Friday, 6 July 2007

Gold Mining

During the 19th Century gold held an incredible hold over the imaginations of people. For many it was a quick route to wealth. As a result there were massive gold rushes in various parts of the world. The first was to California in 1848, the prospectors who took part were called ‘49er’s… This was followed by the Victorian rush in the 1850’s and the Eureka Stockade insurrection that followed. The economies of these areas grew enormously. The huge numbers of prospectors and the services they demanded created a lot of wealth (little of which actually came from finding gold).

As a result the provincial Governments were desperate to find gold somewhere within their regions. Several offered rewards to anyone who could find it. New Zealand appeared to have the geology (although that was a relatively new science) so it simply appeared to be a matter of finding it. Early discoveries of ‘colour’ were made in the Coromandel but were unworkable.

Eventually as you know an Australian Gabriel Read discovered gold in Otago in May 1861 and the rush was on. The province exploded, prospectors arrived from all around the world, but especially from Victoria. Many were keen to escape the taxation and corruption of the Australian fields. In Otago they were taxed less and received larger claims to boot.

This was alluvial gold, which could initially be easily found by individuals. Later small groups or collectives formed to extract the gold from the riverbanks.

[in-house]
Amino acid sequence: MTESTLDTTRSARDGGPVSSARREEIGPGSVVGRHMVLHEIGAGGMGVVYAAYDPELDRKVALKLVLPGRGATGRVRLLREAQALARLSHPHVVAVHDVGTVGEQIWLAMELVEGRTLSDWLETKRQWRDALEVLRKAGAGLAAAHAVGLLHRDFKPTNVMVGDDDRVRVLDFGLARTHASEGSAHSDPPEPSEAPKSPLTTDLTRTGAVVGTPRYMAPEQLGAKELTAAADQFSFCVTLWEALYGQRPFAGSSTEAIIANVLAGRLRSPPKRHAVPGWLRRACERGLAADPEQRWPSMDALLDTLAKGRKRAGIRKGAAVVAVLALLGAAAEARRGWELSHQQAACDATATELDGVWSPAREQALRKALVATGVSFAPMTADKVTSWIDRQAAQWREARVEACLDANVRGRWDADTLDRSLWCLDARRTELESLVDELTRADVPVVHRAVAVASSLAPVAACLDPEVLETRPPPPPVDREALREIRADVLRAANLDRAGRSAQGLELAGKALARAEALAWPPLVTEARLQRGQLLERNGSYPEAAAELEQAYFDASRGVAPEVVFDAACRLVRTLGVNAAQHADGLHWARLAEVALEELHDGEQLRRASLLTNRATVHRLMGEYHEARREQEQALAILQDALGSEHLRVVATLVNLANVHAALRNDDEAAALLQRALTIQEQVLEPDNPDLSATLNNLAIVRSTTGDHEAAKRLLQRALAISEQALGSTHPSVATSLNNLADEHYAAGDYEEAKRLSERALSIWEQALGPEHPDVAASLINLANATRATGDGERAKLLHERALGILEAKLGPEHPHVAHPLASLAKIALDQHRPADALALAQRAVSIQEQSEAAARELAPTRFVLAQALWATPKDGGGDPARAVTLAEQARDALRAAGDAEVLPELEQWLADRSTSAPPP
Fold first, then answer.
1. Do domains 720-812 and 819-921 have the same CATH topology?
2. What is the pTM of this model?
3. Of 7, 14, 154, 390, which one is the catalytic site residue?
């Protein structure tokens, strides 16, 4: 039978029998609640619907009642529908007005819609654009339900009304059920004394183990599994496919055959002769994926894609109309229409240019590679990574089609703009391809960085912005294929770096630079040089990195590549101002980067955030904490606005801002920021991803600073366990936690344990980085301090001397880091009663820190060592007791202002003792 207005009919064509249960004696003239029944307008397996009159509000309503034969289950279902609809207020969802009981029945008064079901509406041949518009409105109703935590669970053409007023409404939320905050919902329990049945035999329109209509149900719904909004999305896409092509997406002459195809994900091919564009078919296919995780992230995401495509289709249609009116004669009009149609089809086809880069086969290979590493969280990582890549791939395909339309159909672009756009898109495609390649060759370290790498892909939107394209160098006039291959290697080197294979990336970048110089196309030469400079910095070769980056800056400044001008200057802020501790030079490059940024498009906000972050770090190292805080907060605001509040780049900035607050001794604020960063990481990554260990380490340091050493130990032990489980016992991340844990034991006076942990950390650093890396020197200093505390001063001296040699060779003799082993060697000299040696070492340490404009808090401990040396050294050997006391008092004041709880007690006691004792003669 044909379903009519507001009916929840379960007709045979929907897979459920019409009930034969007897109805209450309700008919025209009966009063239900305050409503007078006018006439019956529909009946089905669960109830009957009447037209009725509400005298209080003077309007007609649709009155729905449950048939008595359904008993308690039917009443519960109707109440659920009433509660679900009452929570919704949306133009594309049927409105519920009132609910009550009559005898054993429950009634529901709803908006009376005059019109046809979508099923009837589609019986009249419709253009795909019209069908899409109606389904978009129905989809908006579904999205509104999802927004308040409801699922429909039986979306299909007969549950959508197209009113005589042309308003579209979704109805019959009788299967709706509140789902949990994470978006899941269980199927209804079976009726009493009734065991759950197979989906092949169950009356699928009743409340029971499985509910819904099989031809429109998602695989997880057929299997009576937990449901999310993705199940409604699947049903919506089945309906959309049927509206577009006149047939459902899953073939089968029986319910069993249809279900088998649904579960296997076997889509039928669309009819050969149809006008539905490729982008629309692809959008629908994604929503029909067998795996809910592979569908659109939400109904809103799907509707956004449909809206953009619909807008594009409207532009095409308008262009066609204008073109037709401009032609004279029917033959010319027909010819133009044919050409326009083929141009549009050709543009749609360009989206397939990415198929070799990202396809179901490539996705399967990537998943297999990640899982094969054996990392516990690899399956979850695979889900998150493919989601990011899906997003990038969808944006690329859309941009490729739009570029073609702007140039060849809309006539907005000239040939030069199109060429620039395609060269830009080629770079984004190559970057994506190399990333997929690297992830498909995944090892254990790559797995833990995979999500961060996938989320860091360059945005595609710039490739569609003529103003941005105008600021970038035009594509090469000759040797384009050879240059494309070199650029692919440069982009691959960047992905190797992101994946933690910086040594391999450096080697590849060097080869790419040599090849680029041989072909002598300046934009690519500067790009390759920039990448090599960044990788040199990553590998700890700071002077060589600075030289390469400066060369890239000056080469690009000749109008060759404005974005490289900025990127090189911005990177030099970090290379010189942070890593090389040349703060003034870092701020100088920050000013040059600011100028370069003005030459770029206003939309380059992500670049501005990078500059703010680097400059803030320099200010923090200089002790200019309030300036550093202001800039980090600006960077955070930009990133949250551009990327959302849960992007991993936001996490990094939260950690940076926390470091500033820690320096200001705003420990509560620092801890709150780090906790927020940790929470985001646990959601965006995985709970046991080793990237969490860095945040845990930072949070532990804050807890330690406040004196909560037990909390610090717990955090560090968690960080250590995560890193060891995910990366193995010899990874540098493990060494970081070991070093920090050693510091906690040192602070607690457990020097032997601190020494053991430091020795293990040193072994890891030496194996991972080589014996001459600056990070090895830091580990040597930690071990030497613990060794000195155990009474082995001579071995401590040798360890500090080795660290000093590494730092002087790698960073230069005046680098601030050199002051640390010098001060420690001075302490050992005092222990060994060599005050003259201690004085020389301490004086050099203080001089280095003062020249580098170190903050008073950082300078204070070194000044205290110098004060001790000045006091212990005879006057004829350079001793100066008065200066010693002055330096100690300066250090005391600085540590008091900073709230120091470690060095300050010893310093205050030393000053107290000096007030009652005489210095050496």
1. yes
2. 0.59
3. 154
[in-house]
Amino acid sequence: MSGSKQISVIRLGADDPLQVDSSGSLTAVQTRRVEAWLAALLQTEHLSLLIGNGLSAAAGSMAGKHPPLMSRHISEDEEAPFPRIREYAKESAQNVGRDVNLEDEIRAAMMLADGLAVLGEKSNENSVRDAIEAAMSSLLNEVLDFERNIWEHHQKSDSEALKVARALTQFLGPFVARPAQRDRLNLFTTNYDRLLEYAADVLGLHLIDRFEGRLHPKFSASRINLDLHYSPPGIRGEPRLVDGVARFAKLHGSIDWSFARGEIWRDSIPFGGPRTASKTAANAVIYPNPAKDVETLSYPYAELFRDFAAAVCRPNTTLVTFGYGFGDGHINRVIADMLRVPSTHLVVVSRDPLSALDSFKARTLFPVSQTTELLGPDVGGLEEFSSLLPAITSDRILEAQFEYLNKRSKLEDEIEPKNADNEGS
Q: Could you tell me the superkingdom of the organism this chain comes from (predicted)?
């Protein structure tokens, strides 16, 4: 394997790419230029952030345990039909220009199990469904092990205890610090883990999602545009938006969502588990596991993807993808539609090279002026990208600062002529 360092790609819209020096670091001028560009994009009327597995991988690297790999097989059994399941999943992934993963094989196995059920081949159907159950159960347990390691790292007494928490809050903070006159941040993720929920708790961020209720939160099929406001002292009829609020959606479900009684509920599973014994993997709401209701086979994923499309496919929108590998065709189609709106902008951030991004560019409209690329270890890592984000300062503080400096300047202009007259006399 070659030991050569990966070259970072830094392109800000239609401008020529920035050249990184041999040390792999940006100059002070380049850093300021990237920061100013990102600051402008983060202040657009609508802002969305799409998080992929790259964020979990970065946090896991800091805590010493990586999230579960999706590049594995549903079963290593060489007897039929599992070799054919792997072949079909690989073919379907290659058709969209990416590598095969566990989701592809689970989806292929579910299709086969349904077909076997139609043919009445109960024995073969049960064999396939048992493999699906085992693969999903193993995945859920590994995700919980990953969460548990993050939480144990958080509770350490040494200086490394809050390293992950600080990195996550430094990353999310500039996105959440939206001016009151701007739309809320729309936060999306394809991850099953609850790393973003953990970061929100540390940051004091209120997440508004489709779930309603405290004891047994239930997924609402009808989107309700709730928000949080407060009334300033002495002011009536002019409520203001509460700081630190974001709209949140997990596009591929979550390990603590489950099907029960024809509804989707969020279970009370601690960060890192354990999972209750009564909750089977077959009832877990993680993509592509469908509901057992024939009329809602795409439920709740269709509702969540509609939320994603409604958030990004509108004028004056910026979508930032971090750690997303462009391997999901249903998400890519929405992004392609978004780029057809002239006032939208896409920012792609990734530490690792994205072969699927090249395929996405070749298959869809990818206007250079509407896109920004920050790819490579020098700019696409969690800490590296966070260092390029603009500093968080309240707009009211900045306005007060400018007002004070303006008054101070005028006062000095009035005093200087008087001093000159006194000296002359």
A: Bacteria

Eventually gold was also found in the West Coast, Nelson and again in the Coromandel. When news of the discovery on the Coromandel arrived in Auckland, the male population of the city disappeared overnight, emptying stores of pans, shovels and food. Many were disappointed to find the gold locked away in the rock.

These later discoveries were quartz based gold, which required even larger amounts of money, the days of the lone prospector were numbered. Companies formed in Christchurch, Wellington or Auckland were formed to buy the equipment needed to extract the rock and crush it. This needed water or steam power, and the giant stampers which kept Grahamstown (Thames) awake 6 days a week.

Gold remained an important export commodity for much of the century. Its importance lay in the changes it made to the physical and social fabric of New Zealand. Much of the South Island was now settled with towns spread from north to south and east to west. Much of the island had been explored and for a time Dunedin was the country’s largest city. South island run-holders were able to expand as the population gave them a market for their meat. The miners also brought with them a belief in equality and the early ideas of mateship that were also developing in the bush settlements of the north.


  1. hi mr.. here when will you b updating the blog again.....or shud i just keep working on my assignment??

  2. Annelise I'm not sure I understand... see me in class tuesday.

  3. Nice post on Gold Mining.................